Massachusetts casino IRS reporting threshold

Governor Charlie Baker signed a budget bill that included an increase in IRS reporting thresholds at casinos. (Image: AP)

The casinos in Massachusetts haven’t even been built yet, but changes are already being made to how they will be operated.

Legislators in the state have made a casino-friendly move by increasing the threshold at while gamblers must file paperwork to report their winnings to the IRS, reducing the regulatory burden on both casinos and gamblers themselves.

When Massachusetts passed their casino law in 2011, it included a provision that required slot machines to shut down if someone won at least $600.

At that time, the individual playing would have to fill out paperwork to report the winnings to the IRS to ensure they were taxed.

Threshold Raised to Match Federal Requirements

However, that threshold was lower than in most other states that have casino gambling, and the casinos complained that it would cost them money by keeping gamblers away and increasing their administrative costs.

After considering their arguments, the Massachusetts Gaming Commission agreed, recommending that the threshold for reporting be increased to $1,200, which is what is required under federal law.

Lawmakers apparently agreed. The Massachusetts House passed an increase to that threshold in their supplemental budget. And while the Senate didn’t initially include that provision, it was added when the two houses of the state legislature met to reconcile their versions of the budget bill.

According to lawmakers in both parties, it was a necessary step to put the state’s casinos on even footing with those in other states. Only one House member, State Representative James Lyons (R-Andover) objected, on the grounds that he didn’t like the idea of changing the law after a request by the casinos.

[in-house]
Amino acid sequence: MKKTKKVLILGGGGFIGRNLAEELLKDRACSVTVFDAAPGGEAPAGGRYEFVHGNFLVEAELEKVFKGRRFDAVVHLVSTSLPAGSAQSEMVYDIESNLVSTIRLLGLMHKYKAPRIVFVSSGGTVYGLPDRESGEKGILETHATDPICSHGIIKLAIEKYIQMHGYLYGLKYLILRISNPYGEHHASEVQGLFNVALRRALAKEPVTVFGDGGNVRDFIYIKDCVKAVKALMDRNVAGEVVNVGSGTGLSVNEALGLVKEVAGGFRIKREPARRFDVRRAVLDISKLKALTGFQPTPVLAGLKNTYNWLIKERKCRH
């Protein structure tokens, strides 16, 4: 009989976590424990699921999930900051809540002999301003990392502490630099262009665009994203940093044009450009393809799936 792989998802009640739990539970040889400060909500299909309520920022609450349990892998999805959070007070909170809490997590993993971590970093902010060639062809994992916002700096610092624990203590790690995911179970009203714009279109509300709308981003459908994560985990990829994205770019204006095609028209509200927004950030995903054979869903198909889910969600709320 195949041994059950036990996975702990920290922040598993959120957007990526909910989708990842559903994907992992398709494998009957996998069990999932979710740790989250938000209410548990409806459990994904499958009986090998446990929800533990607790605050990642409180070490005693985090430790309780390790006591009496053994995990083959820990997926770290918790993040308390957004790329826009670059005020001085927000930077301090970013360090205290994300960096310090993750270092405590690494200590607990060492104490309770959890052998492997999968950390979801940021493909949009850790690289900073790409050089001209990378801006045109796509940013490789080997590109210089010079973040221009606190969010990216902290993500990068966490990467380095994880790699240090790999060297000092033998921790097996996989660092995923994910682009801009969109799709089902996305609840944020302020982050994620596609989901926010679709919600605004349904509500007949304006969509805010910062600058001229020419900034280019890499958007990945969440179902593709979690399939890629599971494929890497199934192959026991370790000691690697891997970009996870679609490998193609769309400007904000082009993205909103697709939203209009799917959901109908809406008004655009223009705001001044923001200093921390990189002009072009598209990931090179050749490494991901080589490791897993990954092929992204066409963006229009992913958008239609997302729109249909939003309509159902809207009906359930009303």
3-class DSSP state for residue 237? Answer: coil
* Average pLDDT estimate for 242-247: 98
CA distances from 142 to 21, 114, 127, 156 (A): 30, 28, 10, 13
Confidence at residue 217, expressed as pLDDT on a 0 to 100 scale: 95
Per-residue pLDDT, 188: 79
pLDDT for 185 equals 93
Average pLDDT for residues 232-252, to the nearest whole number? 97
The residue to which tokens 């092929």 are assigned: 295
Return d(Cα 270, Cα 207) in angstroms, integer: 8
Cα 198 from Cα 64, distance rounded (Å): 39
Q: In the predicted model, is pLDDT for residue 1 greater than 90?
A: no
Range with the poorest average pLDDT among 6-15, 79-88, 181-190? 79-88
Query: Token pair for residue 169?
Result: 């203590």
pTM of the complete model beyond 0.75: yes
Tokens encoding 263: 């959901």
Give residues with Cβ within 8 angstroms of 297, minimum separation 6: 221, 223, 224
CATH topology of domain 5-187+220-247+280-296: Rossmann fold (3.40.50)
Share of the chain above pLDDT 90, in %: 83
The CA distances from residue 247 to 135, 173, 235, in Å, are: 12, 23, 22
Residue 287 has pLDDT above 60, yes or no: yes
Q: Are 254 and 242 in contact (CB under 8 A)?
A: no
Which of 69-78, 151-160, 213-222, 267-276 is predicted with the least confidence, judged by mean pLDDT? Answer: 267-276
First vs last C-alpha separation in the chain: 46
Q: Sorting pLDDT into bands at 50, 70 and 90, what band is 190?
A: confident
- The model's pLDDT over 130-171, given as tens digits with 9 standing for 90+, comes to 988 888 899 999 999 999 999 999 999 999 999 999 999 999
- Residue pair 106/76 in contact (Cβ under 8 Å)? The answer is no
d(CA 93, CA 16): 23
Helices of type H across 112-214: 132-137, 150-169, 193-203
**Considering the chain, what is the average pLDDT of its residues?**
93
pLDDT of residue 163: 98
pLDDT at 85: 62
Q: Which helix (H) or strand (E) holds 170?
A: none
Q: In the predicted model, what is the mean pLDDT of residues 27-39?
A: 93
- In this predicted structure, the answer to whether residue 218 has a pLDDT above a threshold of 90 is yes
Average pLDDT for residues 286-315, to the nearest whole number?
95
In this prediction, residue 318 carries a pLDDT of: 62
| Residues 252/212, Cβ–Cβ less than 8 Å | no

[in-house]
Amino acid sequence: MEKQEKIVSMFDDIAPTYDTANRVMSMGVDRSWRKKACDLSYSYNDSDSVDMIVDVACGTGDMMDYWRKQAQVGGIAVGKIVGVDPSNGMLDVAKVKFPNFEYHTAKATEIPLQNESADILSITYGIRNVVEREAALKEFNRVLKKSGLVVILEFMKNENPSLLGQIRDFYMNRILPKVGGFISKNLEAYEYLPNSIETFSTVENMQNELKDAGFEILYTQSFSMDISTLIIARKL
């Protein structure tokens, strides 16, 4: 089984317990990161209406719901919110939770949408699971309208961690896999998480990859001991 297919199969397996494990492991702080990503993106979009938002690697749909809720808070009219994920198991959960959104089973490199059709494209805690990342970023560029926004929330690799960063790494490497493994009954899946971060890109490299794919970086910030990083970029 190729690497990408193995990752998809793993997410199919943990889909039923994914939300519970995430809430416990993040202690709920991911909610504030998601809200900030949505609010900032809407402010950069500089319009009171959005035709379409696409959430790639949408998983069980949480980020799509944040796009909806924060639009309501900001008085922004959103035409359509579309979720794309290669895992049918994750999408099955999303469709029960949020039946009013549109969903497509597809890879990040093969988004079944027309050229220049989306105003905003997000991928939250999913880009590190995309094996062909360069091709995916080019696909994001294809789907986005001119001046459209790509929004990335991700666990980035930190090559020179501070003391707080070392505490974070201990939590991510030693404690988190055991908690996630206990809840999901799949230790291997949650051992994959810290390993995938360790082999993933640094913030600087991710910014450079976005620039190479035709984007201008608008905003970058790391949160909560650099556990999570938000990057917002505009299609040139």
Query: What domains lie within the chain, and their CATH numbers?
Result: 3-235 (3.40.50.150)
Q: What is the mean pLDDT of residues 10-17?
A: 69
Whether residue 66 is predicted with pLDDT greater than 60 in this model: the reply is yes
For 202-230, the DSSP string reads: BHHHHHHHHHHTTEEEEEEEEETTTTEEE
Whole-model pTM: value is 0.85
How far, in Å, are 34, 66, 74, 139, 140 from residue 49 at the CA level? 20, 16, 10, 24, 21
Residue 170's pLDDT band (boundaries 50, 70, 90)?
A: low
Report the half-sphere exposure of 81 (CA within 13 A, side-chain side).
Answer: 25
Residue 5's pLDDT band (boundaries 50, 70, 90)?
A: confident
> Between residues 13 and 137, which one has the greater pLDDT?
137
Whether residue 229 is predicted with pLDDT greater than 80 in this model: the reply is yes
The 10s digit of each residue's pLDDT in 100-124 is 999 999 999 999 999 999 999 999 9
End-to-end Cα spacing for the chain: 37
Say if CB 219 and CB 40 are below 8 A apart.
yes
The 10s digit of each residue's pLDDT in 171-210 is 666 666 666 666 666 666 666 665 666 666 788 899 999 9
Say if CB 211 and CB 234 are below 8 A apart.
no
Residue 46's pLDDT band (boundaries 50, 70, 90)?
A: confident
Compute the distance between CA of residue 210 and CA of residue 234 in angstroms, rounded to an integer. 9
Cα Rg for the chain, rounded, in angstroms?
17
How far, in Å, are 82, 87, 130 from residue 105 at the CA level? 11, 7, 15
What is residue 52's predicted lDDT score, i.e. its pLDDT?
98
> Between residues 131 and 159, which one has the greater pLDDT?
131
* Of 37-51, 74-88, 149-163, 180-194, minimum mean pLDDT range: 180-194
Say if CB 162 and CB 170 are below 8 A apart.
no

But the bill still passed easily, and Governor Charlie Baker signed it on Tuesday evening. According to Baker, he had “no strong feelings” about the provision, calling it a minor change.

On the other hand, at least one casino firm was very happy to see the state take the time to make what they feel will be a very helpful adjustment.

“We are grateful to the Massachusetts Gaming Commission for its thoughtful legislative proposal on this matter, and we are pleased that both Governor Baker and the Legislature chose to maintain the threshold at $1,200, the Federal standard,” said MGM Springfield spokesperson Carole Brennan.

“This will allow Massachusetts gaming operators to compete in a growing market and fully capture the economic benefits of the industry for the Commonwealth.”

Healey Wants More Regulation for Casinos 

Meanwhile, new Attorney General Maura Healey wants to see the casinos take stronger and more proactive steps to combat money laundering and potential criminal activities in their establishments.

Healey is asking the Massachusetts Gaming Commission to require casinos to file reports to the state when they see suspicious activity or large cash transactions, and for casinos to make it clear that they have “zero tolerance” for vendors that engage in human or drug trafficking.

“Such regulations should deter would-be money launderers, and identify those engaged in other criminal enterprises, such as drug traffickers, human traffickers, loan sharks and organized crime,” Healey wrote to the commission last week.

Healey was elected Attorney General in November after strongly supporting an effort to repeal the casino law. While that effort failed, Healey said she would do her best to ensure that consumer protections remained strong at the casinos and that she would make enforcing gambling laws a priority.